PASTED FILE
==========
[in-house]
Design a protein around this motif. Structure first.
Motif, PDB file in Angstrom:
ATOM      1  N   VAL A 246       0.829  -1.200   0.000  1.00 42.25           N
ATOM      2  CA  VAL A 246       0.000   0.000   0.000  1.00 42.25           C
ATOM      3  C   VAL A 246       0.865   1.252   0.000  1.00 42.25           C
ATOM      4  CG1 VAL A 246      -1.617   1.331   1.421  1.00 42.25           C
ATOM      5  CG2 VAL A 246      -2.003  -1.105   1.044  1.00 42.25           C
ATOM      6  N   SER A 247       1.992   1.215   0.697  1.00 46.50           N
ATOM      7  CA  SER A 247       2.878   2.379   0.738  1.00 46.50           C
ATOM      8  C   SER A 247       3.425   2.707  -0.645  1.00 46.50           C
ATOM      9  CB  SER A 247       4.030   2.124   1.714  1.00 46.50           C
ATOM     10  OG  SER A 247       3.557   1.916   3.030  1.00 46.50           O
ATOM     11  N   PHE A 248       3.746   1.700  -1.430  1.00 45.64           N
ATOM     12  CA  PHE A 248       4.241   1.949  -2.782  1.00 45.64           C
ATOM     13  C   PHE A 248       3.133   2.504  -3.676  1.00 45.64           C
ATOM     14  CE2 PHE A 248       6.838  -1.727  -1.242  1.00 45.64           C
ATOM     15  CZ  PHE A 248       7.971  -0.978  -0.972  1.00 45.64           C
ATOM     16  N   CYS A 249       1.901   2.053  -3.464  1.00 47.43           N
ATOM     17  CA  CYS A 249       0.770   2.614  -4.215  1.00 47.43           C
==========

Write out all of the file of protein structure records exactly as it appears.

[in-house]
Design a protein around this motif. Structure first.
Motif, PDB file in Angstrom:
ATOM      1  N   VAL A 246       0.829  -1.200   0.000  1.00 42.25           N
ATOM      2  CA  VAL A 246       0.000   0.000   0.000  1.00 42.25           C
ATOM      3  C   VAL A 246       0.865   1.252   0.000  1.00 42.25           C
ATOM      4  CG1 VAL A 246      -1.617   1.331   1.421  1.00 42.25           C
ATOM      5  CG2 VAL A 246      -2.003  -1.105   1.044  1.00 42.25           C
ATOM      6  N   SER A 247       1.992   1.215   0.697  1.00 46.50           N
ATOM      7  CA  SER A 247       2.878   2.379   0.738  1.00 46.50           C
ATOM      8  C   SER A 247       3.425   2.707  -0.645  1.00 46.50           C
ATOM      9  CB  SER A 247       4.030   2.124   1.714  1.00 46.50           C
ATOM     10  OG  SER A 247       3.557   1.916   3.030  1.00 46.50           O
ATOM     11  N   PHE A 248       3.746   1.700  -1.430  1.00 45.64           N
ATOM     12  CA  PHE A 248       4.241   1.949  -2.782  1.00 45.64           C
ATOM     13  C   PHE A 248       3.133   2.504  -3.676  1.00 45.64           C
ATOM     14  CE2 PHE A 248       6.838  -1.727  -1.242  1.00 45.64           C
ATOM     15  CZ  PHE A 248       7.971  -0.978  -0.972  1.00 45.64           C
ATOM     16  N   CYS A 249       1.901   2.053  -3.464  1.00 47.43           N
ATOM     17  CA  CYS A 249       0.770   2.614  -4.215  1.00 47.43           C